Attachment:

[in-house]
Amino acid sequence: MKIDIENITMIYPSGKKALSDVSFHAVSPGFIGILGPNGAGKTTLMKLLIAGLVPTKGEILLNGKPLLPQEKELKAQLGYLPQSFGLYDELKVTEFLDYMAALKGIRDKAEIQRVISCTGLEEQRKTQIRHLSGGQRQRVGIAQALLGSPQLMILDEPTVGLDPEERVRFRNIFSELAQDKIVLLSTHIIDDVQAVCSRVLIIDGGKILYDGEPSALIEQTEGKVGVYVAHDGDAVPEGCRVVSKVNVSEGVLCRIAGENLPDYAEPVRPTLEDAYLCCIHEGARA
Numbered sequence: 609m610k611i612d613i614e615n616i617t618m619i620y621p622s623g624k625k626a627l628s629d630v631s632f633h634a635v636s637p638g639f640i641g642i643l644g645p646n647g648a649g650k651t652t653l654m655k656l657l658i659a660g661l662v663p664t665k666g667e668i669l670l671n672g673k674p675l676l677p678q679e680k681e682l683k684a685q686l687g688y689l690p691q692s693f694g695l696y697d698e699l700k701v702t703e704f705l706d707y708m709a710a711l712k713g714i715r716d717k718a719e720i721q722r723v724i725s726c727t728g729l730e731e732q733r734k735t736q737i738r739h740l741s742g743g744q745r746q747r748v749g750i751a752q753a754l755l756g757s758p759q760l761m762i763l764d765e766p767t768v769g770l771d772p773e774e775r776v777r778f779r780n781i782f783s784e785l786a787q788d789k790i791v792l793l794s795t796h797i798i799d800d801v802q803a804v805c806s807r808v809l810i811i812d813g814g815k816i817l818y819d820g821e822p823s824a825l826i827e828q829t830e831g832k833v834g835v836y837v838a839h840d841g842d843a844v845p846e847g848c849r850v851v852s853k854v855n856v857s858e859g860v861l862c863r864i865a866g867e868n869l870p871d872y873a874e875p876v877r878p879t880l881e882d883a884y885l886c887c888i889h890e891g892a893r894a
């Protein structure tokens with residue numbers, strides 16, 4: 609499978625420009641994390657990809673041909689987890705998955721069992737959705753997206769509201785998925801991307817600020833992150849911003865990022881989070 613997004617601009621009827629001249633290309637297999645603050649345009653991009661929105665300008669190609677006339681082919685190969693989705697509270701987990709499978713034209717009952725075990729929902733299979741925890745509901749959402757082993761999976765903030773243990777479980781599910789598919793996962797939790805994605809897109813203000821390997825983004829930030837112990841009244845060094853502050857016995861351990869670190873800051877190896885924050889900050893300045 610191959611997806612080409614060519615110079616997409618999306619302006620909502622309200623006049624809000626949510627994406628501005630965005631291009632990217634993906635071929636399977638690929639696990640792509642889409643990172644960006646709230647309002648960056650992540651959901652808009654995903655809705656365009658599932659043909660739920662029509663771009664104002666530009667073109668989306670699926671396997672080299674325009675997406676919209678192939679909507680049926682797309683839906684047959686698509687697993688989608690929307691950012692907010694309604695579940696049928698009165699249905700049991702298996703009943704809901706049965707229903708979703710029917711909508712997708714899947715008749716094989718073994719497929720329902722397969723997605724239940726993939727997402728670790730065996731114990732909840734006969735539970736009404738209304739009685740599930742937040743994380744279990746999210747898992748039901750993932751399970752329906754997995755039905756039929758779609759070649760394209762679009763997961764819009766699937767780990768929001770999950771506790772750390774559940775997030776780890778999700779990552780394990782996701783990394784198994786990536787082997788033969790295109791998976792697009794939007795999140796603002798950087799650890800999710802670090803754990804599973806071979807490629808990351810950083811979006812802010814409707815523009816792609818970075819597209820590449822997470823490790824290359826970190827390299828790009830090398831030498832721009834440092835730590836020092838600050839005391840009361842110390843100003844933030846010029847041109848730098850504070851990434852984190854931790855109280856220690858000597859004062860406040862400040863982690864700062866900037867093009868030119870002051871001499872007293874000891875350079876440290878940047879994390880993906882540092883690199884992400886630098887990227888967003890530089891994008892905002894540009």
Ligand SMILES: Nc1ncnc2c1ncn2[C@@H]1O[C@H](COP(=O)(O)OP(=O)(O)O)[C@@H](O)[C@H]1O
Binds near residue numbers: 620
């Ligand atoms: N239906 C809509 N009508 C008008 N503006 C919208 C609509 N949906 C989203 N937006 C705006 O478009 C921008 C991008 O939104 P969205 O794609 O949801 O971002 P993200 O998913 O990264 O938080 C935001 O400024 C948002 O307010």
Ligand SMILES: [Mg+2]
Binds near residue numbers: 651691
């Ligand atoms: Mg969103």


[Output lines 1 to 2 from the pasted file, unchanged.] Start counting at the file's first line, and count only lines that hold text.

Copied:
[in-house]
Amino acid sequence: MKIDIENITMIYPSGKKALSDVSFHAVSPGFIGILGPNGAGKTTLMKLLIAGLVPTKGEILLNGKPLLPQEKELKAQLGYLPQSFGLYDELKVTEFLDYMAALKGIRDKAEIQRVISCTGLEEQRKTQIRHLSGGQRQRVGIAQALLGSPQLMILDEPTVGLDPEERVRFRNIFSELAQDKIVLLSTHIIDDVQAVCSRVLIIDGGKILYDGEPSALIEQTEGKVGVYVAHDGDAVPEGCRVVSKVNVSEGVLCRIAGENLPDYAEPVRPTLEDAYLCCIHEGARA